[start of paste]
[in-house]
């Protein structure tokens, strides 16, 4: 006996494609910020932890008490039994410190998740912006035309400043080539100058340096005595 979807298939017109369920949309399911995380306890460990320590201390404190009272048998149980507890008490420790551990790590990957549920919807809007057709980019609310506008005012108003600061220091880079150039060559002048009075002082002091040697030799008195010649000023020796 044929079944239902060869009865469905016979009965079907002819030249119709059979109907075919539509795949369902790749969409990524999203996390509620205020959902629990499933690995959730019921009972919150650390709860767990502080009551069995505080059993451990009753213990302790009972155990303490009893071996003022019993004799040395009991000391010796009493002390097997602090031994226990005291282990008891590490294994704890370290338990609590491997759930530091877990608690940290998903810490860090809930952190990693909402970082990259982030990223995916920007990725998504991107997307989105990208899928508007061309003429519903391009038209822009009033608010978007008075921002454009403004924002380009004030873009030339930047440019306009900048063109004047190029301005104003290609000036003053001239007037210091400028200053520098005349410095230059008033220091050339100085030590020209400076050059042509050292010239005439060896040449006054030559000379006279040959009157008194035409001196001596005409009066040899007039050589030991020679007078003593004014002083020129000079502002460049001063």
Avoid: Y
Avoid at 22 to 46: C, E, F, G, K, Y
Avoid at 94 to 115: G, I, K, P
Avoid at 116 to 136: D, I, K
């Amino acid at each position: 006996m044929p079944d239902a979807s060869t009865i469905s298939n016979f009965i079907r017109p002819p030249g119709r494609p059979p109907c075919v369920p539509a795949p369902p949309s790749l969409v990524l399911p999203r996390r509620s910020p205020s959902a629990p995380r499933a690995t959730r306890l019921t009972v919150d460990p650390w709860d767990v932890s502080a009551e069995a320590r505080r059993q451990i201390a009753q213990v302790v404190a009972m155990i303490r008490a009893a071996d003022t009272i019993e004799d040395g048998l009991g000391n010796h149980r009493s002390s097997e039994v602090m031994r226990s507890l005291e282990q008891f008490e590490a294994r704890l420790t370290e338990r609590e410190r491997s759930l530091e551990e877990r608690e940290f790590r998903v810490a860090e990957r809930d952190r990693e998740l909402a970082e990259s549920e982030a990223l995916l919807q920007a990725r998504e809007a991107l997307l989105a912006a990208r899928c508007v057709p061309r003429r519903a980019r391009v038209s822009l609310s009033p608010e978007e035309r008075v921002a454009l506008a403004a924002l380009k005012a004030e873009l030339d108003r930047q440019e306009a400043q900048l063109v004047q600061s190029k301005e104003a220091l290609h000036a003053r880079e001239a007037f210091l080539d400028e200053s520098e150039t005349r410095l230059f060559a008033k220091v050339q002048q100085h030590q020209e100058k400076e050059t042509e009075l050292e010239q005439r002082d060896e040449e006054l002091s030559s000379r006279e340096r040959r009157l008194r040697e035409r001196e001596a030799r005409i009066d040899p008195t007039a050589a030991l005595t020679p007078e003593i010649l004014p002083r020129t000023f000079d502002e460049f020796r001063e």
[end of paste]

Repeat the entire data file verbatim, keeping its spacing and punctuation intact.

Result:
[in-house]
């Protein structure tokens, strides 16, 4: 006996494609910020932890008490039994410190998740912006035309400043080539100058340096005595 979807298939017109369920949309399911995380306890460990320590201390404190009272048998149980507890008490420790551990790590990957549920919807809007057709980019609310506008005012108003600061220091880079150039060559002048009075002082002091040697030799008195010649000023020796 044929079944239902060869009865469905016979009965079907002819030249119709059979109907075919539509795949369902790749969409990524999203996390509620205020959902629990499933690995959730019921009972919150650390709860767990502080009551069995505080059993451990009753213990302790009972155990303490009893071996003022019993004799040395009991000391010796009493002390097997602090031994226990005291282990008891590490294994704890370290338990609590491997759930530091877990608690940290998903810490860090809930952190990693909402970082990259982030990223995916920007990725998504991107997307989105990208899928508007061309003429519903391009038209822009009033608010978007008075921002454009403004924002380009004030873009030339930047440019306009900048063109004047190029301005104003290609000036003053001239007037210091400028200053520098005349410095230059008033220091050339100085030590020209400076050059042509050292010239005439060896040449006054030559000379006279040959009157008194035409001196001596005409009066040899007039050589030991020679007078003593004014002083020129000079502002460049001063």
Avoid: Y
Avoid at 22 to 46: C, E, F, G, K, Y
Avoid at 94 to 115: G, I, K, P
Avoid at 116 to 136: D, I, K
């Amino acid at each position: 006996m044929p079944d239902a979807s060869t009865i469905s298939n016979f009965i079907r017109p002819p030249g119709r494609p059979p109907c075919v369920p539509a795949p369902p949309s790749l969409v990524l399911p999203r996390r509620s910020p205020s959902a629990p995380r499933a690995t959730r306890l019921t009972v919150d460990p650390w709860d767990v932890s502080a009551e069995a320590r505080r059993q451990i201390a009753q213990v302790v404190a009972m155990i303490r008490a009893a071996d003022t009272i019993e004799d040395g048998l009991g000391n010796h149980r009493s002390s097997e039994v602090m031994r226990s507890l005291e282990q008891f008490e590490a294994r704890l420790t370290e338990r609590e410190r491997s759930l530091e551990e877990r608690e940290f790590r998903v810490a860090e990957r809930d952190r990693e998740l909402a970082e990259s549920e982030a990223l995916l919807q920007a990725r998504e809007a991107l997307l989105a912006a990208r899928c508007v057709p061309r003429r519903a980019r391009v038209s822009l609310s009033p608010e978007e035309r008075v921002a454009l506008a403004a924002l380009k005012a004030e873009l030339d108003r930047q440019e306009a400043q900048l063109v004047q600061s190029k301005e104003a220091l290609h000036a003053r880079e001239a007037f210091l080539d400028e200053s520098e150039t005349r410095l230059f060559a008033k220091v050339q002048q100085h030590q020209e100058k400076e050059t042509e009075l050292e010239q005439r002082d060896e040449e006054l002091s030559s000379r006279e340096r040959r009157l008194r040697e035409r001196e001596a030799r005409i009066d040899p008195t007039a050589a030991l005595t020679p007078e003593i010649l004014p002083r020129t000023f000079d502002e460049f020796r001063e």